By Edoardo Lanfranchi
Before the end of Michaelmas term, in an interview published in Palatinate, Vice-Chancellor Stuart Corbridge made a very proud statement about Durham offering “good value for money” and a “world-class student experience and education” to its students. He then justified the upcoming expansionary plans and the transition from Queen’s to Durham campus, all envisaged in the ambitious ‘Estate Masterplan’ approved by the University last year as aiming to enhance these strengths.
According to Professor Corbridge, improved education, an improved student and college experience, and a more international environment are the main goals the University policies are pursuing, and what he says sounds very sensible.
But unfortunately, the reality looks quite different. The main issue with Professor Corbridge’s claim becomes clear when placed in the context of the limited contact hours afforded to courses in Social Sciences and Humanities. Many students would simply like more. As a Course Rep in three different departments, I have run surveys, collected feedback and talked to various members of staff; the vast majority seemingly agree that more contact hours would mean improved learning outcomes. Having tutorials once a week instead of once a fortnight, for a start, and having longer lectures to give expert lecturers the chance to actually talk about their research and not just rush through some generic slides that all look a bit alike. Wouldn’t that truly be a world-class education?
Independent reading, of course, is a major part of our degree but contact hours are what we are going to university for in the first place; tutorials are what make the difference in the best universities. So why not have more?
Most people to whom I have posed this question – including senior professors – looked up to the sky, rolled their eyes and said something along the lines of ‘sure, weekly tutorials would be better, but that’s not going to happen, is it?’
Some modules are taught by tutors who are PhD students. Don’t get me wrong, there is absolutely nothing wrong with that, and many are outstanding at what they do. But, primarily, they are researchers, and to teach they need training and guidelines, alongside constant support and internal communication.
Personally, I could name at least two departments where that does not happen at all, or at least not sufficiently, and the problem seems to be more widespread than that. Why can’t the lecturers that actually teach the modules have a more active role in tutorials?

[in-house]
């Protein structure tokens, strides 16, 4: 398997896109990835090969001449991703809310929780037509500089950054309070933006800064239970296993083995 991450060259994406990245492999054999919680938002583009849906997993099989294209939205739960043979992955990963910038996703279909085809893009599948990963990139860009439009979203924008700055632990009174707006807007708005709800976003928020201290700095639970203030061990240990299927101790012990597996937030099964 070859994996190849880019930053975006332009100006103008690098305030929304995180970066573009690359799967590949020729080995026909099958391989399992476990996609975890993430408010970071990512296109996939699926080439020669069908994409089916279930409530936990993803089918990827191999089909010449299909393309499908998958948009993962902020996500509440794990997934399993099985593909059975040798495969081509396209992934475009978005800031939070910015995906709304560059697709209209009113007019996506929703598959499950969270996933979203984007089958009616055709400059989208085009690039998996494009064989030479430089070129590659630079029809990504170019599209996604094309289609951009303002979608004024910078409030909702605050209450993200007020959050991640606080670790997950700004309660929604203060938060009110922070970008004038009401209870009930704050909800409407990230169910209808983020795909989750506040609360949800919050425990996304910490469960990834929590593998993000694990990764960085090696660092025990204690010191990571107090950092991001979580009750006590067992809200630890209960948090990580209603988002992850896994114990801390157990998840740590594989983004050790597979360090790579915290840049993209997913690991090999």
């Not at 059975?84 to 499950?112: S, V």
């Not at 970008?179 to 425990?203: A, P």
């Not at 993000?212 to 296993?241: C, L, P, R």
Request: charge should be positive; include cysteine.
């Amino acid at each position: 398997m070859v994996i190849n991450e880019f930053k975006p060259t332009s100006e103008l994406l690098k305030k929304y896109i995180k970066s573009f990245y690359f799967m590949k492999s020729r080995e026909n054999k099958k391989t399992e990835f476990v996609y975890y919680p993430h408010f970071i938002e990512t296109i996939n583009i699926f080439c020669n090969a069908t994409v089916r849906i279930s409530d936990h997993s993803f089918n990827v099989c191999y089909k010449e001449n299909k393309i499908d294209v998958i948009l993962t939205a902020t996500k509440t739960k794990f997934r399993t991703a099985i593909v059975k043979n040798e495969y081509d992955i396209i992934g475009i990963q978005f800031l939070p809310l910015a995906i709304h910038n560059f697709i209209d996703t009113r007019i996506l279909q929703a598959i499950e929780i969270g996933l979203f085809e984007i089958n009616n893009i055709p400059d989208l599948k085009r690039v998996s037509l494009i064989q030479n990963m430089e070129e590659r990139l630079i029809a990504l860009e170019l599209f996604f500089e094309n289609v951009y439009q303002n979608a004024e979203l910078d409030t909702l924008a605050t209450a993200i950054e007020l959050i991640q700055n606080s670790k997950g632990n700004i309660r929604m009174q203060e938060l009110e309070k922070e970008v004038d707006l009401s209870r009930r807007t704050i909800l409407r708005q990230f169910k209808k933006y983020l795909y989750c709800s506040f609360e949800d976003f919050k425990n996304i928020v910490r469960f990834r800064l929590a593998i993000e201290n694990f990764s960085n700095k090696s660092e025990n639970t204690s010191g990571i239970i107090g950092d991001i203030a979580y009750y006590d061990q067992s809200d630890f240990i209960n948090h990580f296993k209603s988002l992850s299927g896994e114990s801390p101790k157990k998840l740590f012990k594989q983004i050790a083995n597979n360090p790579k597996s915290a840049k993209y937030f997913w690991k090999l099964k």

This, too, I asked in meetings, and the answer was that mostly, they lack the time to do so. They are required to produce a certain number of publications, attend meetings, keep the bureaucratic machine operational, and end up with little time to teach. But enough on academics; what about the ‘world-class student experience’ and collegiate system that make Durham such a special place in which to study?
Can we really be so certain that such a rapid increase in the number of students on Durham campus will improve student and college experience, as professor Corbridge has suggested? Roughly 2,300 students will be coming over from Queen’s Campus in the next two years, and the University is likely to take up to 4,000 more students before 2027, with many fearing that the city will be overcrowded.
Thus, concerns about the increasing town-gown divide, the restrictions on the use of college facilities and the risk of a hike in renting prices seem to be well-grounded. In fact, the two main DSU presidential candidates, Megan Croll and Harry Cross, both campaigned for the safeguard of student experience and affordability with regards to the Estate Masterplan.
If college life and student experience are at risk, and if the ‘bubble’ that separates students from the local community in Durham might get even thicker, shouldn’t we be more cautious about increasing the number of students?
We all spend at least £9,000 on tuition fees every year, and most of us don’t really know where that money goes. If we lack the budget to pay for more contact hours in Humanities and Social Sciences because the University is prioritising other cost items, Professor Corbridge (who earns £231,000 a year) should be very clear about it.
If there is a tradeoff between the size of the University on one hand, and its unique student life and the strength of its community on the other, there should be a more serious debate on the matter. Of course, what I am referring to is not unusual at all in the UK nor in most western countries. Universities and their ranking systems work this way; teaching is widely sacrificed to boost research output and private investments.
But we should at least be transparent about it. Durham does not yet offer adequate ‘value for money’ to all students; it needs to spend a copious amount of money on things like ‘artwork’ or continuous expansion because, unfortunately, this is how universities work in 2017. And the Vice-Chancellor going on about ‘value for money’ while pretending the above issues don’t exist will not ameliorate the situation.
Photograph by Spencer Means via Flickr and Creative Commons